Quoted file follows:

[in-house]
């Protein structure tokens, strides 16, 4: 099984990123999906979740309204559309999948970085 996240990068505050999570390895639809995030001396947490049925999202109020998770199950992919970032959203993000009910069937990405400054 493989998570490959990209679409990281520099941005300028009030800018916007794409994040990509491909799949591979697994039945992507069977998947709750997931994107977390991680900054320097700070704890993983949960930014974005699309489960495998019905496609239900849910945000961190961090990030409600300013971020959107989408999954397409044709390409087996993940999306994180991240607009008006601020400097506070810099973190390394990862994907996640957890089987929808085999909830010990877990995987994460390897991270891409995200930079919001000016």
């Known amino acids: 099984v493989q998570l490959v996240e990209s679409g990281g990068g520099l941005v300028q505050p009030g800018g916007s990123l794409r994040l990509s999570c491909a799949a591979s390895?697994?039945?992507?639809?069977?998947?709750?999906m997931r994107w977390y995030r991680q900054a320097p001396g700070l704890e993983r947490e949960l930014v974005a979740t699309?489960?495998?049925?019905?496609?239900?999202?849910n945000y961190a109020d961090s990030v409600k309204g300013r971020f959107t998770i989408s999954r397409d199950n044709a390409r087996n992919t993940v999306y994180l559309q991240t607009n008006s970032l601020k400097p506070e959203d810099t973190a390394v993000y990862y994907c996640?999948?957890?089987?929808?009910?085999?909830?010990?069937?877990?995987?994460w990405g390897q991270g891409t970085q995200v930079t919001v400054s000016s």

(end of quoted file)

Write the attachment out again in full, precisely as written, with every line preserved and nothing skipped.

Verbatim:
[in-house]
């Protein structure tokens, strides 16, 4: 099984990123999906979740309204559309999948970085 996240990068505050999570390895639809995030001396947490049925999202109020998770199950992919970032959203993000009910069937990405400054 493989998570490959990209679409990281520099941005300028009030800018916007794409994040990509491909799949591979697994039945992507069977998947709750997931994107977390991680900054320097700070704890993983949960930014974005699309489960495998019905496609239900849910945000961190961090990030409600300013971020959107989408999954397409044709390409087996993940999306994180991240607009008006601020400097506070810099973190390394990862994907996640957890089987929808085999909830010990877990995987994460390897991270891409995200930079919001000016």
């Known amino acids: 099984v493989q998570l490959v996240e990209s679409g990281g990068g520099l941005v300028q505050p009030g800018g916007s990123l794409r994040l990509s999570c491909a799949a591979s390895?697994?039945?992507?639809?069977?998947?709750?999906m997931r994107w977390y995030r991680q900054a320097p001396g700070l704890e993983r947490e949960l930014v974005a979740t699309?489960?495998?049925?019905?496609?239900?999202?849910n945000y961190a109020d961090s990030v409600k309204g300013r971020f959107t998770i989408s999954r397409d199950n044709a390409r087996n992919t993940v999306y994180l559309q991240t607009n008006s970032l601020k400097p506070e959203d810099t973190a390394v993000y990862y994907c996640?999948?957890?089987?929808?009910?085999?909830?010990?069937?877990?995987?994460w990405g390897q991270g891409t970085q995200v930079t919001v400054s000016s």